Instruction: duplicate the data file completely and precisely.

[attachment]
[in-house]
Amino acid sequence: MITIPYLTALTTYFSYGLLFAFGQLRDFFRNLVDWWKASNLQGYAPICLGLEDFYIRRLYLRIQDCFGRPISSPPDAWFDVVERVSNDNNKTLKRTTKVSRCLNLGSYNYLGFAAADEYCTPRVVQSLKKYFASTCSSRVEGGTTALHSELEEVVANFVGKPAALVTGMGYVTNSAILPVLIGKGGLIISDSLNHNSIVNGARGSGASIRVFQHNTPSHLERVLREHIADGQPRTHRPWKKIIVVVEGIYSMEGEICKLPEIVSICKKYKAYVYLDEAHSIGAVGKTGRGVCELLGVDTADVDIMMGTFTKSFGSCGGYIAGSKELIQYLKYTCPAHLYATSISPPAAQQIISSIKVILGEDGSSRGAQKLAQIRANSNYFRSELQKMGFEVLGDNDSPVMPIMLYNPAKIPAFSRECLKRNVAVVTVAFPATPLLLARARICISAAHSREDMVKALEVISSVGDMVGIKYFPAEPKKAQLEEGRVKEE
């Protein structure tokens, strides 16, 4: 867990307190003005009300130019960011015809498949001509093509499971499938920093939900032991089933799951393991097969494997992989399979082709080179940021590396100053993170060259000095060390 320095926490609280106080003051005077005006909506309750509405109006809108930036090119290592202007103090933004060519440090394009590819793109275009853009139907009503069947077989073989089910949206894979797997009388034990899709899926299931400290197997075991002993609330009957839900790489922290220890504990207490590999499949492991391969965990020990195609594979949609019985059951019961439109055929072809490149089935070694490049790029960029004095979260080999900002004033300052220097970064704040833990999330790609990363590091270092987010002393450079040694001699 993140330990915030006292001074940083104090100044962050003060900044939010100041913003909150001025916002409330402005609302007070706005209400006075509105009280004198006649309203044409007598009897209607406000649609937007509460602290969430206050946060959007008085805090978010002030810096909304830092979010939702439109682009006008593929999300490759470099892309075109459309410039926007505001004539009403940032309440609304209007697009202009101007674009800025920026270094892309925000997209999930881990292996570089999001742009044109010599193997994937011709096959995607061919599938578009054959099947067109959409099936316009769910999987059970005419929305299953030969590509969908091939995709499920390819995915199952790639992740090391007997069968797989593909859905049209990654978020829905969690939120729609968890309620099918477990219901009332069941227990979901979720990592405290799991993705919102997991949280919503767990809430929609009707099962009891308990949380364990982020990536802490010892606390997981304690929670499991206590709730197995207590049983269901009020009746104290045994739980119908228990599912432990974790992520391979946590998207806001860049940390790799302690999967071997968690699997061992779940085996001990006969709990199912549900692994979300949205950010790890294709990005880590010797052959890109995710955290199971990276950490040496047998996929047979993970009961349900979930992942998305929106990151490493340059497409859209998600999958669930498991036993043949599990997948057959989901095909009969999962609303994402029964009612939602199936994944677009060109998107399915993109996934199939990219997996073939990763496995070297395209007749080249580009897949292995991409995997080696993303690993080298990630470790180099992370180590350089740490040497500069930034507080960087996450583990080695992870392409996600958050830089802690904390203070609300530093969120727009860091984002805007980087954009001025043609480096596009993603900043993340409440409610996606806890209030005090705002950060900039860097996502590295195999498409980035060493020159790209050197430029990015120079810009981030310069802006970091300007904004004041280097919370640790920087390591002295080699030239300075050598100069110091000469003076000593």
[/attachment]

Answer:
[in-house]
Amino acid sequence: MITIPYLTALTTYFSYGLLFAFGQLRDFFRNLVDWWKASNLQGYAPICLGLEDFYIRRLYLRIQDCFGRPISSPPDAWFDVVERVSNDNNKTLKRTTKVSRCLNLGSYNYLGFAAADEYCTPRVVQSLKKYFASTCSSRVEGGTTALHSELEEVVANFVGKPAALVTGMGYVTNSAILPVLIGKGGLIISDSLNHNSIVNGARGSGASIRVFQHNTPSHLERVLREHIADGQPRTHRPWKKIIVVVEGIYSMEGEICKLPEIVSICKKYKAYVYLDEAHSIGAVGKTGRGVCELLGVDTADVDIMMGTFTKSFGSCGGYIAGSKELIQYLKYTCPAHLYATSISPPAAQQIISSIKVILGEDGSSRGAQKLAQIRANSNYFRSELQKMGFEVLGDNDSPVMPIMLYNPAKIPAFSRECLKRNVAVVTVAFPATPLLLARARICISAAHSREDMVKALEVISSVGDMVGIKYFPAEPKKAQLEEGRVKEE
């Protein structure tokens, strides 16, 4: 867990307190003005009300130019960011015809498949001509093509499971499938920093939900032991089933799951393991097969494997992989399979082709080179940021590396100053993170060259000095060390 320095926490609280106080003051005077005006909506309750509405109006809108930036090119290592202007103090933004060519440090394009590819793109275009853009139907009503069947077989073989089910949206894979797997009388034990899709899926299931400290197997075991002993609330009957839900790489922290220890504990207490590999499949492991391969965990020990195609594979949609019985059951019961439109055929072809490149089935070694490049790029960029004095979260080999900002004033300052220097970064704040833990999330790609990363590091270092987010002393450079040694001699 993140330990915030006292001074940083104090100044962050003060900044939010100041913003909150001025916002409330402005609302007070706005209400006075509105009280004198006649309203044409007598009897209607406000649609937007509460602290969430206050946060959007008085805090978010002030810096909304830092979010939702439109682009006008593929999300490759470099892309075109459309410039926007505001004539009403940032309440609304209007697009202009101007674009800025920026270094892309925000997209999930881990292996570089999001742009044109010599193997994937011709096959995607061919599938578009054959099947067109959409099936316009769910999987059970005419929305299953030969590509969908091939995709499920390819995915199952790639992740090391007997069968797989593909859905049209990654978020829905969690939120729609968890309620099918477990219901009332069941227990979901979720990592405290799991993705919102997991949280919503767990809430929609009707099962009891308990949380364990982020990536802490010892606390997981304690929670499991206590709730197995207590049983269901009020009746104290045994739980119908228990599912432990974790992520391979946590998207806001860049940390790799302690999967071997968690699997061992779940085996001990006969709990199912549900692994979300949205950010790890294709990005880590010797052959890109995710955290199971990276950490040496047998996929047979993970009961349900979930992942998305929106990151490493340059497409859209998600999958669930498991036993043949599990997948057959989901095909009969999962609303994402029964009612939602199936994944677009060109998107399915993109996934199939990219997996073939990763496995070297395209007749080249580009897949292995991409995997080696993303690993080298990630470790180099992370180590350089740490040497500069930034507080960087996450583990080695992870392409996600958050830089802690904390203070609300530093969120727009860091984002805007980087954009001025043609480096596009993603900043993340409440409610996606806890209030005090705002950060900039860097996502590295195999498409980035060493020159790209050197430029990015120079810009981030310069802006970091300007904004004041280097919370640790920087390591002295080699030239300075050598100069110091000469003076000593």